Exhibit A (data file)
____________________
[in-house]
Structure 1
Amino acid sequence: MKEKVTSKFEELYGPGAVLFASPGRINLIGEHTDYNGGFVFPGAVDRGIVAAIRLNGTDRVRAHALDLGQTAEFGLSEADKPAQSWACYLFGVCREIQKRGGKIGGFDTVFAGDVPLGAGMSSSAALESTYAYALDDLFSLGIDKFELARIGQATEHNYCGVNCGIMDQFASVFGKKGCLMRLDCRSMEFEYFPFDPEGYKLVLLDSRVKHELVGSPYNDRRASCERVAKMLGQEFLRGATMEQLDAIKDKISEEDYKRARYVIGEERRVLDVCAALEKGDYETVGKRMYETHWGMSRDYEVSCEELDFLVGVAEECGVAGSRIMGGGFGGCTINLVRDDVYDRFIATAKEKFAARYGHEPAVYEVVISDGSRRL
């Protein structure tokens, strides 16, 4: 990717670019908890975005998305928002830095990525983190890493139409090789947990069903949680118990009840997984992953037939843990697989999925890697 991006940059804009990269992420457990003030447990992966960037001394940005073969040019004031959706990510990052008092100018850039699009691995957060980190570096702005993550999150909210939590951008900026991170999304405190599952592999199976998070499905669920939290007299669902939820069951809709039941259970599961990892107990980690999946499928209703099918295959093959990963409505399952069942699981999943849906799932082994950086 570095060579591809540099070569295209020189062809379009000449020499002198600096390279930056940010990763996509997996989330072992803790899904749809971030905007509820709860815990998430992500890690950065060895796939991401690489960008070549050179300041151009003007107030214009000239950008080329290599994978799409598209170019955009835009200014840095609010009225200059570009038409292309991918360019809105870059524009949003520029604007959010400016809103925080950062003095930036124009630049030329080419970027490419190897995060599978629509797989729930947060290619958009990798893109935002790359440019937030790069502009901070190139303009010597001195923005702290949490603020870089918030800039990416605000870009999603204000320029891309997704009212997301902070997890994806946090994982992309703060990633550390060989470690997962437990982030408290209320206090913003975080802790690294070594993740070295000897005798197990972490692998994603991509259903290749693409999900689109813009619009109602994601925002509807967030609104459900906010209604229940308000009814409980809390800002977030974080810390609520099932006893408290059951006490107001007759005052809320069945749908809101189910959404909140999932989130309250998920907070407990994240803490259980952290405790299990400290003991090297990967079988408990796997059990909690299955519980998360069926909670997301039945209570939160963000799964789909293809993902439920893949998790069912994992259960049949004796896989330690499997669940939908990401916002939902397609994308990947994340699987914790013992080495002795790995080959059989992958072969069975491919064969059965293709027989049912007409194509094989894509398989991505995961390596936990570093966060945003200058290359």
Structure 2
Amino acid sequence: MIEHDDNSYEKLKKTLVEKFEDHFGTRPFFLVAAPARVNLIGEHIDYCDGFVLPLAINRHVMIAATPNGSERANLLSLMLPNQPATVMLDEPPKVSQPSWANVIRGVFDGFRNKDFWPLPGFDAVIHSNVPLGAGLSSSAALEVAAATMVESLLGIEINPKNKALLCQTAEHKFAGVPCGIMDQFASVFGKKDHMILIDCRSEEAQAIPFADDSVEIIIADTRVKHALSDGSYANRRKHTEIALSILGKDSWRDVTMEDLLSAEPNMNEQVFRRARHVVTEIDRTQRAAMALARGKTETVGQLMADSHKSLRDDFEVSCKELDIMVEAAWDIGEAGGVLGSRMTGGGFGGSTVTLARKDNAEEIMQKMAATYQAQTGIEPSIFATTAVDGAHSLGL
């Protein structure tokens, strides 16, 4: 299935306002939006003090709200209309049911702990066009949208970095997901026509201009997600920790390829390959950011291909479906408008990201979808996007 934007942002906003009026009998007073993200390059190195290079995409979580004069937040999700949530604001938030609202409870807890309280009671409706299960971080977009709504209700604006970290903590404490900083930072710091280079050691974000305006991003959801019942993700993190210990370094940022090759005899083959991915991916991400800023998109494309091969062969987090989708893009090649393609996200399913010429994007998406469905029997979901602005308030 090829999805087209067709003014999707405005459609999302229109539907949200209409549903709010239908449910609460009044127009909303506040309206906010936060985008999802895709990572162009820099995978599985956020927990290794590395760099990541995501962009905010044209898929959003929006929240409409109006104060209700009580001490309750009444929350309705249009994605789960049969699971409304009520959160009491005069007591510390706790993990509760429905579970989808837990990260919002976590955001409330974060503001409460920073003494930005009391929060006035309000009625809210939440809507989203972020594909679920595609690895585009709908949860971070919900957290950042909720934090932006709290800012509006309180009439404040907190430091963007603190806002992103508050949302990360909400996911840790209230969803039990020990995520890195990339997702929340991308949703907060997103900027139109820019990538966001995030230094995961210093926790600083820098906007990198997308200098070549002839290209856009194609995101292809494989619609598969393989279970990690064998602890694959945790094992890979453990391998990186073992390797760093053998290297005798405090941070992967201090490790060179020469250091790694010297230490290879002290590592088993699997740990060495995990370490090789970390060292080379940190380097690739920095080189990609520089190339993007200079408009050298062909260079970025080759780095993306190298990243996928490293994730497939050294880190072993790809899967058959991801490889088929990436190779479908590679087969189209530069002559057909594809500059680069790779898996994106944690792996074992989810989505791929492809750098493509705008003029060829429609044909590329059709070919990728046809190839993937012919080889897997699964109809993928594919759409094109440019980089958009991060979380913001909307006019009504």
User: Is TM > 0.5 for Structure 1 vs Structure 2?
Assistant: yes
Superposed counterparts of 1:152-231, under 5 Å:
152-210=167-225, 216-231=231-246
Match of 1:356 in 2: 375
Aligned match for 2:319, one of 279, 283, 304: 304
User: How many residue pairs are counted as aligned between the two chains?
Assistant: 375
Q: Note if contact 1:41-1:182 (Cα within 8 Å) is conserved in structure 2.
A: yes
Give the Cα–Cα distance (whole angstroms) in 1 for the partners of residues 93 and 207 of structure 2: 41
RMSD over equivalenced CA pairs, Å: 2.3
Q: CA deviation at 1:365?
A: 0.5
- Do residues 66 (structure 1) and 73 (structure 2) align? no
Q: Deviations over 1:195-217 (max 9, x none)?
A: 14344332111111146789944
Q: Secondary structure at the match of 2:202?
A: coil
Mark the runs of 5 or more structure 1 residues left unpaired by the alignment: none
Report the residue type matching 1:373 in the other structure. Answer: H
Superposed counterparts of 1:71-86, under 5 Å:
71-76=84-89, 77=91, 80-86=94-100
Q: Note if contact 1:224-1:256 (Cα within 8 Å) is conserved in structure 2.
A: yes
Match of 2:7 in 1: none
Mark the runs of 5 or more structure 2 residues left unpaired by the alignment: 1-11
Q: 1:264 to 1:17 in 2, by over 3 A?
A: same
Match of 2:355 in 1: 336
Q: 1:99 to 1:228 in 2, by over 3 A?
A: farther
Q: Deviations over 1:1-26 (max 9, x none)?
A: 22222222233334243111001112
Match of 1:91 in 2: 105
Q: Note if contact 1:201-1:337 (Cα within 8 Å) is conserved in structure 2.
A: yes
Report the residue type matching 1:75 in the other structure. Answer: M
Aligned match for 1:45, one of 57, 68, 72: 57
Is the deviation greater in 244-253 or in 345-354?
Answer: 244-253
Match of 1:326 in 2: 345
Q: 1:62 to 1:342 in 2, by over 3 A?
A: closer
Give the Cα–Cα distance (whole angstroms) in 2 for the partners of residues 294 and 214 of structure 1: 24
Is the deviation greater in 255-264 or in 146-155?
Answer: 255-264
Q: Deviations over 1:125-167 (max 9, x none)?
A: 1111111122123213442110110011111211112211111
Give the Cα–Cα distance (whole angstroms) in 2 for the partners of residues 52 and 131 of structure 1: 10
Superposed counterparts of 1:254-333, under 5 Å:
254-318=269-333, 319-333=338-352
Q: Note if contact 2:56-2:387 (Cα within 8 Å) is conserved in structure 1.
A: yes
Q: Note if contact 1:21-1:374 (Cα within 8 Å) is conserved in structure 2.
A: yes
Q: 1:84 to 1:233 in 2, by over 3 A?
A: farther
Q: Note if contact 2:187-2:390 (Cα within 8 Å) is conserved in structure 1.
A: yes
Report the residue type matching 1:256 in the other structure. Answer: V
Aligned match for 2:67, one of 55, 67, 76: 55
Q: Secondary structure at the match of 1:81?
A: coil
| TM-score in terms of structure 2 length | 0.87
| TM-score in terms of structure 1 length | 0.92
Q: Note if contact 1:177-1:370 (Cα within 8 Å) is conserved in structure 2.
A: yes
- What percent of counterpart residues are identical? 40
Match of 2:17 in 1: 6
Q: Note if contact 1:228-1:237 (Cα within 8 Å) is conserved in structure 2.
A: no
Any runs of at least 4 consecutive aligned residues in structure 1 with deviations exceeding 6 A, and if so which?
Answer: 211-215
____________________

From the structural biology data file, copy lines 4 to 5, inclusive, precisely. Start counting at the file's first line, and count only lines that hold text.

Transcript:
């Protein structure tokens, strides 16, 4: 990717670019908890975005998305928002830095990525983190890493139409090789947990069903949680118990009840997984992953037939843990697989999925890697 991006940059804009990269992420457990003030447990992966960037001394940005073969040019004031959706990510990052008092100018850039699009691995957060980190570096702005993550999150909210939590951008900026991170999304405190599952592999199976998070499905669920939290007299669902939820069951809709039941259970599961990892107990980690999946499928209703099918295959093959990963409505399952069942699981999943849906799932082994950086 570095060579591809540099070569295209020189062809379009000449020499002198600096390279930056940010990763996509997996989330072992803790899904749809971030905007509820709860815990998430992500890690950065060895796939991401690489960008070549050179300041151009003007107030214009000239950008080329290599994978799409598209170019955009835009200014840095609010009225200059570009038409292309991918360019809105870059524009949003520029604007959010400016809103925080950062003095930036124009630049030329080419970027490419190897995060599978629509797989729930947060290619958009990798893109935002790359440019937030790069502009901070190139303009010597001195923005702290949490603020870089918030800039990416605000870009999603204000320029891309997704009212997301902070997890994806946090994982992309703060990633550390060989470690997962437990982030408290209320206090913003975080802790690294070594993740070295000897005798197990972490692998994603991509259903290749693409999900689109813009619009109602994601925002509807967030609104459900906010209604229940308000009814409980809390800002977030974080810390609520099932006893408290059951006490107001007759005052809320069945749908809101189910959404909140999932989130309250998920907070407990994240803490259980952290405790299990400290003991090297990967079988408990796997059990909690299955519980998360069926909670997301039945209570939160963000799964789909293809993902439920893949998790069912994992259960049949004796896989330690499997669940939908990401916002939902397609994308990947994340699987914790013992080495002795790995080959059989992958072969069975491919064969059965293709027989049912007409194509094989894509398989991505995961390596936990570093966060945003200058290359």
Structure 2